Definition of chameleon in English:

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Pronunciation: /kəˈmiːlɪən/
(also chamaeleon)


Image of chameleon
1A small slow-moving Old World lizard with a prehensile tail, long extensible tongue, protruding eyes that rotate independently, and a highly developed ability to change colour.
  • Family Chamaeleonidae: four genera, in particular Chamaeleo, and numerous species, including the European chameleon (C. vulgaris).
Example sentences
  • We all understand the ability of the chameleon to change its colours to suit its environment.
  • There are many other snakes of all different sizes, as well as chameleons, geckos, lizards, skinks, iguanas, spiders and huge tortoises.
  • Raxworthy and colleagues developed a computer model to study chameleons, lizards known for their ability to change color depending on their mood or surroundings, in Madagascar.
1.1 (also American chameleon) North American An anole (tree-dwelling lizard).
Example sentences
  • They have been replaced by the corresponding segments of the pigment of American chameleon.
  • Among the saurian the iguanas can be pointed out, as well as the American chameleons and varanus.
  • In the pure-cone American chameleon retina, all visual opsins including rod opsin are expressed.
1.2 figurative A person who changes their opinions or behaviour according to the situation: voters have misgivings about his performance as a political chameleon
More example sentences
  • The political chameleon changes its colors according to pressure, not conscience.
  • To party cynics, she may be seen as a political chameleon, reinventing herself to charm the voters.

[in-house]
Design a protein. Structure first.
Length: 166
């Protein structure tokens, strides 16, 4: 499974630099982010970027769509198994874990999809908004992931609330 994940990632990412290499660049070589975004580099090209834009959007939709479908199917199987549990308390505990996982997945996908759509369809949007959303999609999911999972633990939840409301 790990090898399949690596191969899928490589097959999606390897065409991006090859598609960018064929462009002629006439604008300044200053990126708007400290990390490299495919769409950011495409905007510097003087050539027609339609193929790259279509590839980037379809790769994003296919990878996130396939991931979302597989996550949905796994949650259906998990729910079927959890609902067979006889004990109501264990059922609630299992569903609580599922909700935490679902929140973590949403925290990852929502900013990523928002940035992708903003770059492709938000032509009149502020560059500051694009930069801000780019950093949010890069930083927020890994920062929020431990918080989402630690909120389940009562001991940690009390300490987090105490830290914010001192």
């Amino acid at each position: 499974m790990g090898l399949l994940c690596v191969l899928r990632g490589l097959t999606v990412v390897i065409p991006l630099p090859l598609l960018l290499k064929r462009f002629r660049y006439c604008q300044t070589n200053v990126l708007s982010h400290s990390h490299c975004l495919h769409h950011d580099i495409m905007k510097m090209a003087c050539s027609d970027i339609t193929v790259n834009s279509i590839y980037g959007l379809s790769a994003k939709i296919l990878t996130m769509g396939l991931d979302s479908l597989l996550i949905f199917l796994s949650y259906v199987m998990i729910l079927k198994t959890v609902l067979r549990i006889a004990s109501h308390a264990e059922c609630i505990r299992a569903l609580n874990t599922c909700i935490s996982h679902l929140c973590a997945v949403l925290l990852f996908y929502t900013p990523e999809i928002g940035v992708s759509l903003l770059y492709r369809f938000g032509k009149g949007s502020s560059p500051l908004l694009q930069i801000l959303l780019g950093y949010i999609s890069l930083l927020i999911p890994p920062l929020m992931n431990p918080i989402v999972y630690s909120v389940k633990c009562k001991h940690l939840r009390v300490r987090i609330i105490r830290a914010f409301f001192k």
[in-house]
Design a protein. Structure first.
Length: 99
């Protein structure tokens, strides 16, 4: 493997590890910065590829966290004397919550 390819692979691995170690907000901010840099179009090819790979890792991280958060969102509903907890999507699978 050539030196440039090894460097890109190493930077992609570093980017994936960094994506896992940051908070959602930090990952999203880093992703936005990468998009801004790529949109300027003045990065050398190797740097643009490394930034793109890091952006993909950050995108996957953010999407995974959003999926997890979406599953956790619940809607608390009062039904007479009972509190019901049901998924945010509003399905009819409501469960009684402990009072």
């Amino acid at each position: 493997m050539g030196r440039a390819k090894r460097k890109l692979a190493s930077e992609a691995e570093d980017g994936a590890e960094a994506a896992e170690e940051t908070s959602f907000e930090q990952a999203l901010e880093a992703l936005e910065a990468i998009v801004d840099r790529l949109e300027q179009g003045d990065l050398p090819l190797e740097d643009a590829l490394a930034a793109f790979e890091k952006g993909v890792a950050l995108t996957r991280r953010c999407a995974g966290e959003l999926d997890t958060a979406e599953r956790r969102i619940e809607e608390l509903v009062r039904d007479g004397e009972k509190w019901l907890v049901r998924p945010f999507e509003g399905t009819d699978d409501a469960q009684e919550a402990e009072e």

• He was a brilliant careerist and opportunist, a political chameleon whose life story seems more the stuff of fiction than of any kind of conventional history.



Pronunciation: /kəmiːlɪˈɒnɪk/
Example sentences
  • Such are the eyes and soul of Christopher Doyle: chameleonic, shifting, thick and excessive, like the multifarious textures of the infinite spectrum of images he composes.
  • He's had a somewhat chameleonic career which has seen him as prog rock axe hero, fusioneer as well as a mainstream jazzer.
  • Or maybe it was the fact that she projected an aura of chameleonic malleability, in his words you could ‘take her to the ballet or a biker bar, and she would fit in completely, perfectly in either environ.’


Middle English: via Latin chamaeleon from Greek khamaileōn, from khamai 'on the ground' + leōn 'lion'.

  • A lion and a giraffe feature in the history of the lizard's name. Chameleon is derived via Latin from Greek khamaileon, from khamai ‘on the ground’ and leōn ‘lion’. So a chameleon was a ‘ground lion’. It was often spelled camelion, which sometimes got mixed up with camelopard, an old word for a giraffe. So for a time, in the 14th and 15th centuries, a camelion was also a name for the giraffe. From the 16th century people have been described as chameleons if they were fickle or continually changing their opinions.

Words that rhyme with chameleon

anthelion, Aristotelian, Aurelian, carnelian, Karelian, Mendelian, Mephistophelian, Pelion, Sahelian

For editors and proofreaders

Line breaks: cha|me¦leon

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